Rating: 4.5 out of 5 stars
Source: Review Copy from Author
TYPE OF AUSTENESQUE NOVEL: Pride and Prejudice Variation
TIME FRAME: A couple of days after Jane’s and Elizabeth’s stay at Netherfield
MAIN CHARACTERS: Elizabeth Bennet, Mr. Darcy, Jane Bennet, Mr. Bingley, Colonel Fitzwilliam, and all the usual suspects…
THE SYNOPSIS: Mr. Darcy is thrown from his horse by a near-collision with Elizabeth’s errant cat, Cassandra, and breaks his leg. Unable to be transported, Mr. Darcy must spend the next 4-6 weeks convalescing in Longbourn’s parlor. What will the Bennet’s do with such an august and unpleasant guest under their roof?
WHAT I LOVED:
- A Mad-Cap Romp: The first couple chapters of this story are pure comedic genius! Such a hullabaloo! First Darcy is injured, then the Bingleys arrive for dinner and Caroline faints from the sight of blood. Darcy is given brandy and then later laudanum for the pain, and some interesting things happen as a result… Then not more than forty-eight hours later the Bennet household is besieged by Darcy’s concerned relatives, including Mr. Collins’s very esteemed patroness…Lady Catherine de Bourgh! Oh! The havoc! The humor! Very Heyer-like!
- Staying Close to Home: Lately I’ve been loving it when the bulk of the story takes place at Longbourn. I love seeing the bustling and boisterous Bennets about their business! It was a refreshing change to not travel into Kent, London, or Derbyshire and spend some quality time with all the Bennets in Hertfordshire! (I’m such a home-body, even with literature!)
- The Improving of the Bennets: Not only do I love spending more time with the Bennets, I love seeing them lose some of their foibles and flaws! Mr. Darcy and his relations seem to be a good influence on the Bennets. I especially loved witnessing how each sister had their own special relationship with Darcy and how he was able to form a connection with each one (even Lydia!) I also enjoyed seeing the development and improvement of Mr. and Mrs. Bennet.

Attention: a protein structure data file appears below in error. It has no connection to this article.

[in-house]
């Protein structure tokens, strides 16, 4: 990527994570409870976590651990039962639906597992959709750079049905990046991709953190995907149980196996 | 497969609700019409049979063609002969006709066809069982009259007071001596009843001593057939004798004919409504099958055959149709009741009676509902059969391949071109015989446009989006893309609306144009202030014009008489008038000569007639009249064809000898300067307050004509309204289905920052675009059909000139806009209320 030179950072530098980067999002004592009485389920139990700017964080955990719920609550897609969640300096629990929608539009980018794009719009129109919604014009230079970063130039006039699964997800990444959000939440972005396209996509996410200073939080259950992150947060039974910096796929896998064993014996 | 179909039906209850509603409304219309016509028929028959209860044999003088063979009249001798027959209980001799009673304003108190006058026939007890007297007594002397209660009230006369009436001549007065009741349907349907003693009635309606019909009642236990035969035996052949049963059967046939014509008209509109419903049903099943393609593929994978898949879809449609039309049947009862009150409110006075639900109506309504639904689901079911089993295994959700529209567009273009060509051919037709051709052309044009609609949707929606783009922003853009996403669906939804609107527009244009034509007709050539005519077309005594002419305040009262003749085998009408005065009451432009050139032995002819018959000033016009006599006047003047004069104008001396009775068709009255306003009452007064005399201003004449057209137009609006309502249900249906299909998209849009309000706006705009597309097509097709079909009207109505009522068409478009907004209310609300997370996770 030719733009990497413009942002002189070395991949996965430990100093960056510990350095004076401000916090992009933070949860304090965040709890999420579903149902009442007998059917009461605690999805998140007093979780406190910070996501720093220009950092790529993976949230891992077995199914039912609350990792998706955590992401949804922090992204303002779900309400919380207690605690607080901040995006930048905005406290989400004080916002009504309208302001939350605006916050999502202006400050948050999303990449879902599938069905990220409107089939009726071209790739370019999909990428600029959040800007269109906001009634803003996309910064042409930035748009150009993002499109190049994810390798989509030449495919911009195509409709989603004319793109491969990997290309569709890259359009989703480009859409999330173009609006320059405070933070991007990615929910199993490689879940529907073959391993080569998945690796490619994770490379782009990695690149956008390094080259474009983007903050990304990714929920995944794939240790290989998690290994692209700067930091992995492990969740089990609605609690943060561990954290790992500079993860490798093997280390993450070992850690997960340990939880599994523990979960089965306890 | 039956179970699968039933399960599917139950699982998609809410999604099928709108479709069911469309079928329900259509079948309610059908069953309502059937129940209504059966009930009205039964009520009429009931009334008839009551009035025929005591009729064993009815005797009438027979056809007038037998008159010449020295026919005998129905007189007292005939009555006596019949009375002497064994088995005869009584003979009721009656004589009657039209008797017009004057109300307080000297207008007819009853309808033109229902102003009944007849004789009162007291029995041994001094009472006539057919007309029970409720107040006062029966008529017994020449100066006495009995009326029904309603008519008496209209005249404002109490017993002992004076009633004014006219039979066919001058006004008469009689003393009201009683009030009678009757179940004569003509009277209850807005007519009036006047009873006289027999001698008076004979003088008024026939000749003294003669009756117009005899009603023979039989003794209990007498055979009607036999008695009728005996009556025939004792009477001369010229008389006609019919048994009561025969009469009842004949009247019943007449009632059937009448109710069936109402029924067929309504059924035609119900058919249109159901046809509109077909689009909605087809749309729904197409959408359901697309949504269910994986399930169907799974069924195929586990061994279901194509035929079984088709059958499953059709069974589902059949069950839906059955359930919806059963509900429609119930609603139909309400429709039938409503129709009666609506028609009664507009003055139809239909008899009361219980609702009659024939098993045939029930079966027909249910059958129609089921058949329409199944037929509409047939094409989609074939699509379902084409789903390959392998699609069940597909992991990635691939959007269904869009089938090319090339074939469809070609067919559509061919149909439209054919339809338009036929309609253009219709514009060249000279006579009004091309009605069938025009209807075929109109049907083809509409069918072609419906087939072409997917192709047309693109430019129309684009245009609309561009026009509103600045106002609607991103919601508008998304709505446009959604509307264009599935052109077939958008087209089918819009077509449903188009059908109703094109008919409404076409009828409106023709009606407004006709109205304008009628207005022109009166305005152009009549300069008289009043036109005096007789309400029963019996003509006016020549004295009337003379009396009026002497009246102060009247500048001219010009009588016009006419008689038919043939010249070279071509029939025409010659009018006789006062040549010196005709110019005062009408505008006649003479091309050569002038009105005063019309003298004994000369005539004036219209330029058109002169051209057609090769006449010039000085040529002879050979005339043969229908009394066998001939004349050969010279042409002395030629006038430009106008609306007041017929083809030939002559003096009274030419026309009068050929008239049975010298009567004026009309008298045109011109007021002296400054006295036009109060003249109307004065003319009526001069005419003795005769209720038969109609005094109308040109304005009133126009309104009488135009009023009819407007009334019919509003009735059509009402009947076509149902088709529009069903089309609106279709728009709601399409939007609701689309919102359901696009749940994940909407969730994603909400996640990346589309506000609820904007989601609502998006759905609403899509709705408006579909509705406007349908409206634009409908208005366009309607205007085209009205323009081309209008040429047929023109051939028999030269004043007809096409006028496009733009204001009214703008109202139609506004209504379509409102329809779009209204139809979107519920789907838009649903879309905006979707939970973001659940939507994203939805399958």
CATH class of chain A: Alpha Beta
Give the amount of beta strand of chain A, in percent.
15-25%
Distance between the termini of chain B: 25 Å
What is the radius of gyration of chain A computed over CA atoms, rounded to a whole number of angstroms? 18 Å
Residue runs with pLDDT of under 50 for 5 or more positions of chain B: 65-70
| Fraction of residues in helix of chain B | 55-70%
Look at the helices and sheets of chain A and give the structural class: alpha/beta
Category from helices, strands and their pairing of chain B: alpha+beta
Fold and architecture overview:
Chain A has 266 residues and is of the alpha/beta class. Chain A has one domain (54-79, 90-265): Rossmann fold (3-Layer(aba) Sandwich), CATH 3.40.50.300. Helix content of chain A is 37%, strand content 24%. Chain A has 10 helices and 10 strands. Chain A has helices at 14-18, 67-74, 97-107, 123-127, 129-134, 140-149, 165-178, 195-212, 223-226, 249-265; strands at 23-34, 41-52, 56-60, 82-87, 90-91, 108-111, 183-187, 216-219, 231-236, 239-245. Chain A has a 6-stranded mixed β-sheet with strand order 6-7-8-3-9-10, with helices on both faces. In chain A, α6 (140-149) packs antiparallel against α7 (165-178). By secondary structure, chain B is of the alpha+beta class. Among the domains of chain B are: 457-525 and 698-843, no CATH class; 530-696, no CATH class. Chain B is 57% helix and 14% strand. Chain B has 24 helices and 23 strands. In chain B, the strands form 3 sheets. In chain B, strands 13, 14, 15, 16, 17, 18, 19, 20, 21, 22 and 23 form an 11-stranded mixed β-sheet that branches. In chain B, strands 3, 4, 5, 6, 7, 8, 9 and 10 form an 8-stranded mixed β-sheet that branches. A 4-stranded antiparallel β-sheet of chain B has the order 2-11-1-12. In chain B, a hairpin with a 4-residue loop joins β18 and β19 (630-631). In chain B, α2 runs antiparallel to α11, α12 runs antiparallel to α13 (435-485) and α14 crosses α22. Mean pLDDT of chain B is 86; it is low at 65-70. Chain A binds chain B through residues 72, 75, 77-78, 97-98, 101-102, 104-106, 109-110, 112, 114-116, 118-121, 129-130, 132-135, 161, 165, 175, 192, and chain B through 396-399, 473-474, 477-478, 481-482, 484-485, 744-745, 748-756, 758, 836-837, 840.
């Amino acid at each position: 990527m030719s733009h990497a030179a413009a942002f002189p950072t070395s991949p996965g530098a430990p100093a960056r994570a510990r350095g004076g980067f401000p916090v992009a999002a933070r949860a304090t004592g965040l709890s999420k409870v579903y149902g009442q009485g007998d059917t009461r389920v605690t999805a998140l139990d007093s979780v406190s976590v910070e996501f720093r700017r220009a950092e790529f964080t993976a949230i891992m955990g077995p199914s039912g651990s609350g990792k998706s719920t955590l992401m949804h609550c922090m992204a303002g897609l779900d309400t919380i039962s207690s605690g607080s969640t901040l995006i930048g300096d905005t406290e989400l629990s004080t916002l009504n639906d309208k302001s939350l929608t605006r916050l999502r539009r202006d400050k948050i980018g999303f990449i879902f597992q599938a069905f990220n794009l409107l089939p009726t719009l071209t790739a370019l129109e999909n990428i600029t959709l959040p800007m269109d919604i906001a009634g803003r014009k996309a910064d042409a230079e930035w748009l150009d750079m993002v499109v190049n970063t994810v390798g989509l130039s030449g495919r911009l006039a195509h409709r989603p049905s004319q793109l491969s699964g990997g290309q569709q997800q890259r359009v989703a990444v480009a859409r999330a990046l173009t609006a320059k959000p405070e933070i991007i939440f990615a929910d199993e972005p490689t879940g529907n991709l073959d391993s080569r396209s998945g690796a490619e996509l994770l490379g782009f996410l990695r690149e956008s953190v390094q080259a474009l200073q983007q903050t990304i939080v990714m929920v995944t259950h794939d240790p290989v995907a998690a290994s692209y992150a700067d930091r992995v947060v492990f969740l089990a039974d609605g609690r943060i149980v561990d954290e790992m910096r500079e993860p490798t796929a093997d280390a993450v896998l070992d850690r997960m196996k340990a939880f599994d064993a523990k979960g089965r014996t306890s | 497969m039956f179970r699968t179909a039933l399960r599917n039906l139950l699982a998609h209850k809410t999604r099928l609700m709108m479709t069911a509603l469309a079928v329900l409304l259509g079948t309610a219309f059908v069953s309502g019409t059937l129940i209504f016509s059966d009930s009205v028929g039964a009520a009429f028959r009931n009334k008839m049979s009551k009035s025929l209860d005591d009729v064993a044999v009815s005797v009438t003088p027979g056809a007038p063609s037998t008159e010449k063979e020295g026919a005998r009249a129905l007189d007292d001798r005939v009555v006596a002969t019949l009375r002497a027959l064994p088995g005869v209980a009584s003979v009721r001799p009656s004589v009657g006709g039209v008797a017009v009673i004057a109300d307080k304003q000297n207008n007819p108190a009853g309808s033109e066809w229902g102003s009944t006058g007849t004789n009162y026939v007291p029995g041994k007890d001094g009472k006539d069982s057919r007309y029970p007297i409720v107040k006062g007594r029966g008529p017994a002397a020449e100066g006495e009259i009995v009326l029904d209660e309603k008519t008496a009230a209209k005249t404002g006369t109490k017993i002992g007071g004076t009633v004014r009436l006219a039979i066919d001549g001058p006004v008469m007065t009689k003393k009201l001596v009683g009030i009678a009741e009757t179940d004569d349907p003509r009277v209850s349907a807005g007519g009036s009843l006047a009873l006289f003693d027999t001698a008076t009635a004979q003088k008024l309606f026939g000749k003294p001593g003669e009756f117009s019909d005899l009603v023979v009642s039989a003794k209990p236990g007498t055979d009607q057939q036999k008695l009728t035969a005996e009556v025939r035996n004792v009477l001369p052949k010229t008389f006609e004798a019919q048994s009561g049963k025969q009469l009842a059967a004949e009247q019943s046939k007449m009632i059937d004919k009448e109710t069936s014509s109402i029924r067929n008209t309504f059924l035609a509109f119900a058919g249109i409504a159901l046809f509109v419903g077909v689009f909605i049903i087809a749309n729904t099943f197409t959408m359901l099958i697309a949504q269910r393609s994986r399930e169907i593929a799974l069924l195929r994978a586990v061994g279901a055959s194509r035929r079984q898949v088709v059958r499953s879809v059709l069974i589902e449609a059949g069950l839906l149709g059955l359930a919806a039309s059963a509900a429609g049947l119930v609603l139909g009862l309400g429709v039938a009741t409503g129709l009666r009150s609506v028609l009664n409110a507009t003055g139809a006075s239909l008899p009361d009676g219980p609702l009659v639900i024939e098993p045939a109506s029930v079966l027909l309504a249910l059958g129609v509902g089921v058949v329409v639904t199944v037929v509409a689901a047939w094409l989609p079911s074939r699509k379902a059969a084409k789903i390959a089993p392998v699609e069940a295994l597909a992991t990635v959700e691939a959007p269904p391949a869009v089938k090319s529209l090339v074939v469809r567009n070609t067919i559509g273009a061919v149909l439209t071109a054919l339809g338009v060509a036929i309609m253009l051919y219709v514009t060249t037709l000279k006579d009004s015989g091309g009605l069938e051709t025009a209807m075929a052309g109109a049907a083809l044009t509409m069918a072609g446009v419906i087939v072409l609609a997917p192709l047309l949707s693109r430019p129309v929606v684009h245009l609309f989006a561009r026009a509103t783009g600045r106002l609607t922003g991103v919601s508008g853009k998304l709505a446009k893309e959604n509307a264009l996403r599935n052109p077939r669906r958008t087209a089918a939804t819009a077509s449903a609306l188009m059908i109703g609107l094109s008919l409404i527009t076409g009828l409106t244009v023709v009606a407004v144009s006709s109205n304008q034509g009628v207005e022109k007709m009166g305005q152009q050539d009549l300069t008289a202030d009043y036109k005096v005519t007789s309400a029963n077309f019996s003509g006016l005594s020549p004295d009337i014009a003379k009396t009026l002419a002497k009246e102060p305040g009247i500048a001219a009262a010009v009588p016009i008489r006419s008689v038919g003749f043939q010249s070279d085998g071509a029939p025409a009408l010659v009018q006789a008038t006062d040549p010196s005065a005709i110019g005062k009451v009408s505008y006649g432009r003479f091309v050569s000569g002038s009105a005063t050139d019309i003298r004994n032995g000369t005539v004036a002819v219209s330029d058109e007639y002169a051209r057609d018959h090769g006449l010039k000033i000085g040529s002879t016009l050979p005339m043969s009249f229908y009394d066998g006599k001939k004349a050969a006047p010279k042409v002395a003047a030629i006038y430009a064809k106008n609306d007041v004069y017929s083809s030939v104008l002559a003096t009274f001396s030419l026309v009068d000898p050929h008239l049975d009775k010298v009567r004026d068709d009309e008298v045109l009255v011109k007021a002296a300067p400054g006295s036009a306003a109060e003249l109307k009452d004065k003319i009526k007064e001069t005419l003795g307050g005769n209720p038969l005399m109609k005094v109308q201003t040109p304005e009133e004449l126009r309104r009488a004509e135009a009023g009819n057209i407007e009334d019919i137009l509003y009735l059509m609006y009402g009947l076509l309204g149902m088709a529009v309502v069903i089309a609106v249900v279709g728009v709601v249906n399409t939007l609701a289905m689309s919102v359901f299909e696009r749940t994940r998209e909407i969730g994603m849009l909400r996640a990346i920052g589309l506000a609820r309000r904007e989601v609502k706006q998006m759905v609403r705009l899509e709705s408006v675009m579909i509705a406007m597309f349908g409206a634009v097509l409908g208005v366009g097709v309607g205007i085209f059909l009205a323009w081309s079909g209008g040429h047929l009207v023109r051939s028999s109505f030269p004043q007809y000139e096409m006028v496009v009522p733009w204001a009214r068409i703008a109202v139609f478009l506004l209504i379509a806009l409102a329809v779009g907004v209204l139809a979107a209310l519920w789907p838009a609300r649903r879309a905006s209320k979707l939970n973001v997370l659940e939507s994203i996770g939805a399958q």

- Mr. Darcy: I loved Mr. Caldwell’s characterization of Mr. Darcy. It was interesting to see Mr. Darcy as an invalid – immobile and needing attending to. He is so honorable and responsible, such a contrast from the other male characters in this story! I enjoyed seeing him put Mr. Collins in his place (reminded me of the “Drop. Your. Sword.” scene with Westley from The Princess Bride. *swoon*), show concern and care to all the inhabitants of Longbourn, and defend his actions to the quick-to-judge and prejudiced Mr. Bennet and Elizabeth!
- The Epilogue: So clever! Don’t want to give anything away, so I’ll just say that a very interesting alliance is formed which left me laughing at how perfect fate can be sometimes!
WHAT I WASN’T TOO FOND OF:
- Not Enough Darcy and Lizzy: I would have loved to have seen more of Darcy and Elizabeth together. Especially near the end, which seemed to progress at a much faster pace. I was disappointed that we didn’t get to witness a proposal scene, declaration, or wedding between Darcy and Elizabeth. I would have loved to see more of Darcy and Lizzy’s courtship and private discourse, and maybe even a stolen kiss or two! (Sorry, the romantic in me just wasn’t fully satisfied!)
Playful, witty, and full of satire – Mr. Darcy Came to Dinner is excellent choice for readers looking for some light-hearted and clever fun! As always, I greatly enjoyed and appreciated Jack Caldwell’s prose, creativity, and humor and found much to love and admire in this story. (Even though it is nearly devoid of soldiers and cowboys!) 😉